Kilnart Glass Studio
Medium: Glass & Metal
Location: Powell River, BC
Member Since: 2004
Jo Ludwig started his craft career 25 years ago working in glass, but more recently, he started working in metal also. When working in glass, Jo makes small, colourful, glittering bowls that fit into the palm of your hand. He calls these beautiful, eye-popping creations “ToBs”. “ToB” (which rhymes with “Bob”) is short for “Thing of Beauty”. When making his ToBs, Jo uses a technique known as kiln-forming. This technique employs a kiln to first fuse together, and later form, layers of glass in a kiln. Between each firing, a lot of cold working (grinding, sand blasting and polishing) is required, making the production of each ToB a time consuming process. Finally, Jo signs and numbers each ToB. When working in metal, Jo uses a lot of found objects to make his Steampunk birds that articulate, can raise and lower their wings, and are banded around one foot, displaying the bird's number and Jo's signature. Most birds have a figure, or a little chair visible through one of its eyes to provide a sense of scale and wonder, but also to heighten the mechanical aspect of Steampunk. The finished bird is polished to a high sparkle and glitter.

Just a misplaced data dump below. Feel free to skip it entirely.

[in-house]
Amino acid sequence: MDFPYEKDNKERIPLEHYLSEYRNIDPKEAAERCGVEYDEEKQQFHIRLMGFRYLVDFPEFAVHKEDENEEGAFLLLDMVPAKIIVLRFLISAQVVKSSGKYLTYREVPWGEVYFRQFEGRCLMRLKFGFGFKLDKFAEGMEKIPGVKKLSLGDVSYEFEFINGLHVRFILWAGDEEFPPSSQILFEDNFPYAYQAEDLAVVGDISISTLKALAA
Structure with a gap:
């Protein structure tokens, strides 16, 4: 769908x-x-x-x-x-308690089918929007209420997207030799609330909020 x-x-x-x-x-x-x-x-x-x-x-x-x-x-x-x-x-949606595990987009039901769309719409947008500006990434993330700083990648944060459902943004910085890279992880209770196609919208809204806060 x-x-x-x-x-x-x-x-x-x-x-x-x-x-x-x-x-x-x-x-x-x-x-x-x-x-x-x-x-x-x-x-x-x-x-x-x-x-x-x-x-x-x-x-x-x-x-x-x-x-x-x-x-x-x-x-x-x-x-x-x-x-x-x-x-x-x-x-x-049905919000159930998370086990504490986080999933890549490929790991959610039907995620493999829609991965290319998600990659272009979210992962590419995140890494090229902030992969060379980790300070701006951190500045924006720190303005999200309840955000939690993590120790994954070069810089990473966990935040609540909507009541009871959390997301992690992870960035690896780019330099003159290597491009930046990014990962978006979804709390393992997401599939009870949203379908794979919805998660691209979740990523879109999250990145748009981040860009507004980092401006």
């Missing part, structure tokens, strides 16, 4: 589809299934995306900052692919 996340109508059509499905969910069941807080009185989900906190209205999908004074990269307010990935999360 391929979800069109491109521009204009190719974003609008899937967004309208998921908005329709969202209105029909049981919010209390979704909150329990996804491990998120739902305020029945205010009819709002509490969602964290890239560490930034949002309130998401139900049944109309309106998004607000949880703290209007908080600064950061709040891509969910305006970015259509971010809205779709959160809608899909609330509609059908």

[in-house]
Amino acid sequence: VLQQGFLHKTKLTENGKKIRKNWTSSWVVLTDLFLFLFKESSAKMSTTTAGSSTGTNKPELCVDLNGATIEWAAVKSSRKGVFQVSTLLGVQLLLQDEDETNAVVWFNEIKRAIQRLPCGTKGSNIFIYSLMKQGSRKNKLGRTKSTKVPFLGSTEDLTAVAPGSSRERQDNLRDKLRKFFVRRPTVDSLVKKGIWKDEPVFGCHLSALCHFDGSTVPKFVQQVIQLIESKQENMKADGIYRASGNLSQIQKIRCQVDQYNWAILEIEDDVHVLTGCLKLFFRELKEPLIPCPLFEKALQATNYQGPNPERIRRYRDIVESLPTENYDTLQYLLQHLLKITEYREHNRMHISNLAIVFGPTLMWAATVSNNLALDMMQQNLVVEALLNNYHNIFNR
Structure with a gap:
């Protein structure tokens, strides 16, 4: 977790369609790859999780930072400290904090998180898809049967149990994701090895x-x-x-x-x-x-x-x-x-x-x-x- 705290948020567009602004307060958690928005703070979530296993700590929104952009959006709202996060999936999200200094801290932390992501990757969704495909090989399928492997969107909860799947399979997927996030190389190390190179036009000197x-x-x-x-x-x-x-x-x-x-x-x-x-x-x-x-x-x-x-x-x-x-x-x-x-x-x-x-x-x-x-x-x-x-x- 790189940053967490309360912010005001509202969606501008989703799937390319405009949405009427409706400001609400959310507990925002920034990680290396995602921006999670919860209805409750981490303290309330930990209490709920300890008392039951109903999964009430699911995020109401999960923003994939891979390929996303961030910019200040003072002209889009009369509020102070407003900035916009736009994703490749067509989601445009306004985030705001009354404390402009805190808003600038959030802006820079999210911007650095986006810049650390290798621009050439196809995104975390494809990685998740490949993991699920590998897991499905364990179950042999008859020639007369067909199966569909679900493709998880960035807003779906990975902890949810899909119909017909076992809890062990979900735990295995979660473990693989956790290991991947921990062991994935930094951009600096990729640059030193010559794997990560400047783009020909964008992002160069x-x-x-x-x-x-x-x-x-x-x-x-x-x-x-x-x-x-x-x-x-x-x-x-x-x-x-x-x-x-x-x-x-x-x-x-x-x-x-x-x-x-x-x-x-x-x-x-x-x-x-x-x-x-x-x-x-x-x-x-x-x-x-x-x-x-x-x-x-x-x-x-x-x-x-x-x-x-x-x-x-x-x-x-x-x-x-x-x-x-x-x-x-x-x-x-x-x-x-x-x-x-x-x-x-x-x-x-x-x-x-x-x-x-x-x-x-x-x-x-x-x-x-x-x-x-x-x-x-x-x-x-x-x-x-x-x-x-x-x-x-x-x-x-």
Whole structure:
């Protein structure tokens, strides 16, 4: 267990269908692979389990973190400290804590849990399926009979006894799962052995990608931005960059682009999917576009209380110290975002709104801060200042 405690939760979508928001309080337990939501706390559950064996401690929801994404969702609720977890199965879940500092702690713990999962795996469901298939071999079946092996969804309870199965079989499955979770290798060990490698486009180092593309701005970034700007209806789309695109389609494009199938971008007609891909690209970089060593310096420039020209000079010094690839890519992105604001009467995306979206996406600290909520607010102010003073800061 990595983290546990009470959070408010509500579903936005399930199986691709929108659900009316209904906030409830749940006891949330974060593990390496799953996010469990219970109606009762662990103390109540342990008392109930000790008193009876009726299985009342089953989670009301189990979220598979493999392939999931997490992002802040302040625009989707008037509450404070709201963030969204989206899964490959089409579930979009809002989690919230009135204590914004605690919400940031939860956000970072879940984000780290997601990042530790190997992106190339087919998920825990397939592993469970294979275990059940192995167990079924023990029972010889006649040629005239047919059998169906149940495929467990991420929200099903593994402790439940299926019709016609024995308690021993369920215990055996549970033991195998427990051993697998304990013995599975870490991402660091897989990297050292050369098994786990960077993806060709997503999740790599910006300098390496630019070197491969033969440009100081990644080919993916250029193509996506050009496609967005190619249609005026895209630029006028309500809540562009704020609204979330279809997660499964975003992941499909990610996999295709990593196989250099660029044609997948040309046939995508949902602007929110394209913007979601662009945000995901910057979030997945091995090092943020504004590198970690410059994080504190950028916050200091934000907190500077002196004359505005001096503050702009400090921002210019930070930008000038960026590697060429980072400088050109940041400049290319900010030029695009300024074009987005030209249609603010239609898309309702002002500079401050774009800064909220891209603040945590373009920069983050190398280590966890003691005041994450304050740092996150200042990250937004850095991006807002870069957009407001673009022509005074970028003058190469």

Like most everybody, I love colourful and shiny things. Glass is colourful and shiny, so I make small, glittering dichroic glass bowls. But I also like mechanical things, and so I also make articulated, highly polished metal Steampunk bird sculptures with dichroic glass eyes and sometimes dichroic glass wings.